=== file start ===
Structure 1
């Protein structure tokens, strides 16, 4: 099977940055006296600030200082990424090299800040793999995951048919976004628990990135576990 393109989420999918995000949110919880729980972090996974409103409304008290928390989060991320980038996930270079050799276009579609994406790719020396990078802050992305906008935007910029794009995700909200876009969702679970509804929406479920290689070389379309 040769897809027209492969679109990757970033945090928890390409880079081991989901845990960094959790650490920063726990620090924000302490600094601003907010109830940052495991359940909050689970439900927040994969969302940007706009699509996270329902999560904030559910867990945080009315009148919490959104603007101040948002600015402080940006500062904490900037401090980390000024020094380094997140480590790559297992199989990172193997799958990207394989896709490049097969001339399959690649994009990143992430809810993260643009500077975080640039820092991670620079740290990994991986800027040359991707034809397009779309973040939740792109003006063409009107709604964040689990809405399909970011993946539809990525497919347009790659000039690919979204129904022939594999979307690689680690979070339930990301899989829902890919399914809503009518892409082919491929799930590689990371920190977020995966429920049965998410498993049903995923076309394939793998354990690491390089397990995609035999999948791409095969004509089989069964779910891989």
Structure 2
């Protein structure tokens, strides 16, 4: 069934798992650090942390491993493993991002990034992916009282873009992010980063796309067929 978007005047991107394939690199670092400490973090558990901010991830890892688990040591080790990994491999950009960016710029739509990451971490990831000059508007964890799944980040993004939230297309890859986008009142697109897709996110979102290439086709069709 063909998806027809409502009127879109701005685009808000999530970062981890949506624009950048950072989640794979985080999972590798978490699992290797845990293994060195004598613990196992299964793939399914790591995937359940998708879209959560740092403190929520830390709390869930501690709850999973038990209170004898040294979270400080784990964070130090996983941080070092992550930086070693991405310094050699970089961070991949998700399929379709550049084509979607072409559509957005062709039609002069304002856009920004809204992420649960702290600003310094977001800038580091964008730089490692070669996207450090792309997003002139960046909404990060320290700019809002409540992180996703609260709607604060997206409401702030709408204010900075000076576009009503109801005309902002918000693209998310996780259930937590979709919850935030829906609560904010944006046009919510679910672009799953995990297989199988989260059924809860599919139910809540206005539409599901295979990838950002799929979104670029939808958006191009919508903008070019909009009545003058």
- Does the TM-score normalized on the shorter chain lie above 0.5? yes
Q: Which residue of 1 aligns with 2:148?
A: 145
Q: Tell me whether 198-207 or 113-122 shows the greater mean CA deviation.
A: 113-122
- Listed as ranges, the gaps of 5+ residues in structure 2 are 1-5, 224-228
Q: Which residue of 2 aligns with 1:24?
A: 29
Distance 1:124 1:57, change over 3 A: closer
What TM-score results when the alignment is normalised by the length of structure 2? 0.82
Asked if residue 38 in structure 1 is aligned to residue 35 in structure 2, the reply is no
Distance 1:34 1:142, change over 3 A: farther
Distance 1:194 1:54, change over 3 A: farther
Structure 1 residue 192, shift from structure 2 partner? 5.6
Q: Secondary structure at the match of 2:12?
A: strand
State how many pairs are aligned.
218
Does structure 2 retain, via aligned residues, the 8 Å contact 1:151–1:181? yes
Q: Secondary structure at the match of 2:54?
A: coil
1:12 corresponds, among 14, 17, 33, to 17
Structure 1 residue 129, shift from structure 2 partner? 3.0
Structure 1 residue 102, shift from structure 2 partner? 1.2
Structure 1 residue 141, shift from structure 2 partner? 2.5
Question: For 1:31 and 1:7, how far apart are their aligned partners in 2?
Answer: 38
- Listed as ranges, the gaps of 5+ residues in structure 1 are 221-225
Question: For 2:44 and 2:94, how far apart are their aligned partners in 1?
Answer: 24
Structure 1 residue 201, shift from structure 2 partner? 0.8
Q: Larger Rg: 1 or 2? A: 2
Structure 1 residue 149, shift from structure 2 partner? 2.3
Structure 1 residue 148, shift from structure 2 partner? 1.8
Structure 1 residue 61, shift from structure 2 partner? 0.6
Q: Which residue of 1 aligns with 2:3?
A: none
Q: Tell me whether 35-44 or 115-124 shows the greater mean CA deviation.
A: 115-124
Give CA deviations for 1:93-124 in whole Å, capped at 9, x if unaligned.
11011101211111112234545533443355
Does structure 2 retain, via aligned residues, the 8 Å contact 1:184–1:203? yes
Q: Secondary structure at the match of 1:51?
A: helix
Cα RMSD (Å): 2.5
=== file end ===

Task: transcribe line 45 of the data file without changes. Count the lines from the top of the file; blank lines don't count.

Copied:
11011101211111112234545533443355